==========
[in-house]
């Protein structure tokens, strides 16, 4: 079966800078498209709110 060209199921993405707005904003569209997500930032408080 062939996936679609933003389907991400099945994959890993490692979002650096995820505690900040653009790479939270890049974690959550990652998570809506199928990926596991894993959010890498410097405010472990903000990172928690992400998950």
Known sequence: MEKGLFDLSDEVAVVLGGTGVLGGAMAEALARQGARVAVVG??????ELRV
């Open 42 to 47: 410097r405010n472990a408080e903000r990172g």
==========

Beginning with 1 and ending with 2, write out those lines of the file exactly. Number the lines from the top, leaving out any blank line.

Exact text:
[in-house]
């Protein structure tokens, strides 16, 4: 079966800078498209709110 060209199921993405707005904003569209997500930032408080 062939996936679609933003389907991400099945994959890993490692979002650096995820505690900040653009790479939270890049974690959550990652998570809506199928990926596991894993959010890498410097405010472990903000990172928690992400998950």